The (Basic) Requirements

For the pseudo concept I'm thinking of implementing a CRM (customer relationship management) tool, where salespeople can insert and modify data on their laptops. The data has to be synced with a master database (looks like what you are trying to achieve).


So I'll have a centralized database and databases on the clients. The clients are located all over the world. Some report directly with the main headquarters in California (USA), other salespeople will be located in different locations like London (UK), Paris (FR), etc.

Questions to Ask

Will the data be stored in the decentralized locaitons?
Will the data be stored only in the central locaiton?
Will people be modifying data when on the road?
Will people at the decentralized locations be modifying data directly?
On which database/system?
What if the link to California goes down?
How will the assistants work with the CRM data?

Data Sovereignty

If changes are made to the data, who takes precedence? Is the salesperson the master of modifications? The assistant? The person at Headquarters in California?

Could the data be split so as to allow for multi-side modification? HQ is allowed to change the address of the customer, but the salesperson is responsible for the actual (personal) contact information of the company representatives.

Do local decentralized locations (e.g. London, Paris) know more about the local companies than the HQ in California? Would it be better for them to have a decentralized country database? If so should certain countries be linked to the decentralized databases, rather than allowing HQ to be the master of all data?

Online / Offline

Is OFFLINE actually OFFLINE or just OFFLINE from a (de-)centralized main database? Is ONLINE the connection to the (de-)centralized main database?

Possible Concepts

  • Could you envision a main / satellite / client setup where each location has its own database? (Could be anything from MySQL to Microsoft SQL Server to Centura/Gupta).

  • You could have markers on certain tables (two columns) that determine when a record was last modified. This could be a date column lastmodified and a changedby column 00000000000000000000000..... which contains the position of the last person to modify the data.

Contents of changedby Column in Contact Person Table

|||                  |               |
|||                  |               +---------: Changed by Salesperson Levrat in Paris
|||                  |
|||                  |
|||                  +-------------------------: Changed by Salesperson Murry at HQ
||+--------------------------------------------: Changed in Paris
|+---------------------------------------------: Changed in London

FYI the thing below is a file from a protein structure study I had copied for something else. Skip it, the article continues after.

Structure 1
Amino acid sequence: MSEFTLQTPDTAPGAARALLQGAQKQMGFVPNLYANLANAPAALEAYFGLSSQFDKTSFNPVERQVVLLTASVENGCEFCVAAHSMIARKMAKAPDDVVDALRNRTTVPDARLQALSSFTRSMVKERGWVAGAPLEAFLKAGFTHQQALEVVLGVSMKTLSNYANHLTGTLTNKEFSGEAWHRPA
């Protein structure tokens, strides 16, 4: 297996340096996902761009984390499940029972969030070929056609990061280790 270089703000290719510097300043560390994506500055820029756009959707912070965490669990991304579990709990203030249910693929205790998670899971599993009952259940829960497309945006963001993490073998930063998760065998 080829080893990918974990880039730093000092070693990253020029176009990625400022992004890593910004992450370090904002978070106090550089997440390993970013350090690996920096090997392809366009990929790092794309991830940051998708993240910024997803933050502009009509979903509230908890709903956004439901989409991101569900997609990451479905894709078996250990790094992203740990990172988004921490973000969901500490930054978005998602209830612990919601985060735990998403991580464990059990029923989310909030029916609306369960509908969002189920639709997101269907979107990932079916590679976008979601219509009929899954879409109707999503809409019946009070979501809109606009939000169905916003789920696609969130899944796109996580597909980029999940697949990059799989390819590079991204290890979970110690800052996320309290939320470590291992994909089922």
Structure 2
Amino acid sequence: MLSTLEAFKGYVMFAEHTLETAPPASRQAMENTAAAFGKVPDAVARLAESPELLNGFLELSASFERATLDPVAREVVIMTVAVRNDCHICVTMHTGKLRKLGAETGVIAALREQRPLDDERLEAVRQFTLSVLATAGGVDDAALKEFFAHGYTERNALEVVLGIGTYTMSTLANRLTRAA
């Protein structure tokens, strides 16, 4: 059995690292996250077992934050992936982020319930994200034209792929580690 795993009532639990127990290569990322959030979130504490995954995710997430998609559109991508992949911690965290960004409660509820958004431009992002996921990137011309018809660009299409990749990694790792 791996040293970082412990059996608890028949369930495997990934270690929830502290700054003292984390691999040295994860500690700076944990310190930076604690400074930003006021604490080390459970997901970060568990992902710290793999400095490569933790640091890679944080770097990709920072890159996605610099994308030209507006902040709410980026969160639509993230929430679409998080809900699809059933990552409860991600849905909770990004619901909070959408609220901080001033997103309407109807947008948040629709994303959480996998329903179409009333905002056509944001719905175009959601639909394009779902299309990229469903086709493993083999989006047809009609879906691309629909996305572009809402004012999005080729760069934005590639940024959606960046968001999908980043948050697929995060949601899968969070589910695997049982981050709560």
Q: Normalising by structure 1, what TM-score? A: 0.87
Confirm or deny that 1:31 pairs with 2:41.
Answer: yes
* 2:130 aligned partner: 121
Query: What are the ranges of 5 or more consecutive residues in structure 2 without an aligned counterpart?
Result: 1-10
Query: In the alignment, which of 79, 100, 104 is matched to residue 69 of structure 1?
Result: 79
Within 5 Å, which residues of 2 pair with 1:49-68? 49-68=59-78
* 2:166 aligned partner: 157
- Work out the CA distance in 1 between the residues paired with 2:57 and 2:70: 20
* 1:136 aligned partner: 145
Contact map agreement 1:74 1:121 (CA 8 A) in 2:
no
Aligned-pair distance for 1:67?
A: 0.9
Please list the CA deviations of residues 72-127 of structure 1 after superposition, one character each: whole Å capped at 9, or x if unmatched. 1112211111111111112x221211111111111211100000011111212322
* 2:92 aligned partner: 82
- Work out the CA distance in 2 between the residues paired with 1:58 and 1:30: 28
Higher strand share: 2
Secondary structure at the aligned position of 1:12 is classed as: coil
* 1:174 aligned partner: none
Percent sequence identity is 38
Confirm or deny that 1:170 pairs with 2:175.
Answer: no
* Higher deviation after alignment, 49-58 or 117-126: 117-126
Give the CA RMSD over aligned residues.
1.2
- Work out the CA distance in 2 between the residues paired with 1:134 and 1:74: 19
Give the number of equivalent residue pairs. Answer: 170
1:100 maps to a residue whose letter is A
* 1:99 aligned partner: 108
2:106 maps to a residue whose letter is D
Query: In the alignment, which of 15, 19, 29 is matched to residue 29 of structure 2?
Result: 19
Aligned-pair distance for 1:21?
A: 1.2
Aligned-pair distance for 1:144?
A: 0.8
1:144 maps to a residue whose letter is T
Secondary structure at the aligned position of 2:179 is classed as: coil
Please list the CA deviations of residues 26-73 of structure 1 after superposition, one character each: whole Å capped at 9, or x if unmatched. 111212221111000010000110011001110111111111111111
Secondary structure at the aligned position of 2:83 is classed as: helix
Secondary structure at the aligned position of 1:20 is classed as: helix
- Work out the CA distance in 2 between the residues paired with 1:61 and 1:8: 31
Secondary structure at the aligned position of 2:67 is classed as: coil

+----------------------------------------------: Changed at HQ

When the decentralized server in Paris syncs with the HQ it overwrites the changes made at the HQ, because Paris knows better what Contact Person information is relevant for the customer in Bordeaux.

When the salesperson Levrat comes back into the office, then his information overwrites the data in Paris. Which subsequently is resynced with the database at HQ.

Each synchronization resets the flags.

Building a Solution

Now this is just a basic example and if you add the lastmodified column, then you could possible build a synchronisation the permits the last changed record to overwrite anything up or down the line, depending on your requirements.

Add another column and you have could have certain data only synchronized to the satellite locations.

Add a pulldown button to the applicaiton login and the client can login to the central (HQ), decentralized (PARIS) or local database.

Add a push-button in the client applicaiton and the client is asked to synchronize with Paris (default) or HQ (optional).

Add the split between main customer data and customer representatives and you can sync some data in one direction and other data in the other direction depending on who has data sovereignty.

Requirements Engineering

First you need to know what your current requirements are and what your future requirement could be. Then you can start to think about implementing a tool (out of the box), a complex solution or your own custom tailored build.

It's a long journey. If you take the time to analyze your requirements first and to invest a lot of time before you even start programming or looking for a solution, then you'll pass the finishing line. Otherwise you may fail to reach the finishing line....

Your Answer

By clicking “Post Your Answer”, you agree to our terms of service and acknowledge you have read our privacy policy.

Not the answer you're looking for? Browse other questions tagged or ask your own question.